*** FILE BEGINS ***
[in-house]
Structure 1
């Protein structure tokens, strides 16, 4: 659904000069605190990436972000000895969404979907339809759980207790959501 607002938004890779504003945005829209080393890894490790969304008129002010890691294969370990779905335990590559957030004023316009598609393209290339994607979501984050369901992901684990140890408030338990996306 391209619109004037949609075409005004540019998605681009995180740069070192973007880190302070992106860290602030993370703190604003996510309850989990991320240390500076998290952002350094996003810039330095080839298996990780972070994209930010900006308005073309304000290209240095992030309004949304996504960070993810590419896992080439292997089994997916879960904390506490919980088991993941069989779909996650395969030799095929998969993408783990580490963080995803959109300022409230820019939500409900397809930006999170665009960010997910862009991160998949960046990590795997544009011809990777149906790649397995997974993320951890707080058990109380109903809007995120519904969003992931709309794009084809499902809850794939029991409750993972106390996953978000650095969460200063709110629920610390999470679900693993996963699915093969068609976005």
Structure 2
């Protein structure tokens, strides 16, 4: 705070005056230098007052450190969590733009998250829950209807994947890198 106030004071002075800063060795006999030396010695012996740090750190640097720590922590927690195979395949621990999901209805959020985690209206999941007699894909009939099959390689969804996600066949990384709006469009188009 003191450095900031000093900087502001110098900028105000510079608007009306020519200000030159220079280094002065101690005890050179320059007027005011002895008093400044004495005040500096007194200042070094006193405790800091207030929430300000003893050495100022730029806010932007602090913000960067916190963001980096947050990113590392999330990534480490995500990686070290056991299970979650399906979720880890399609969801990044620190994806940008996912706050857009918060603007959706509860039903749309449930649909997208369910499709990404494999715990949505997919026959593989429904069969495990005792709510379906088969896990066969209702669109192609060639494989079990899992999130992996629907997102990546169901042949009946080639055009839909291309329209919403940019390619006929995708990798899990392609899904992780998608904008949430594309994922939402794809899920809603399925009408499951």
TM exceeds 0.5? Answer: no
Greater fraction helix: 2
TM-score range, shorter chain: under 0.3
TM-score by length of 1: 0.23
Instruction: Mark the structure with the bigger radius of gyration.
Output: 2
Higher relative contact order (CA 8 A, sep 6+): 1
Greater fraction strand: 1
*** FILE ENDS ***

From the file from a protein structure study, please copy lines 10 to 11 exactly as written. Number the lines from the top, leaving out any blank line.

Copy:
Instruction: Mark the structure with the bigger radius of gyration.
Output: 2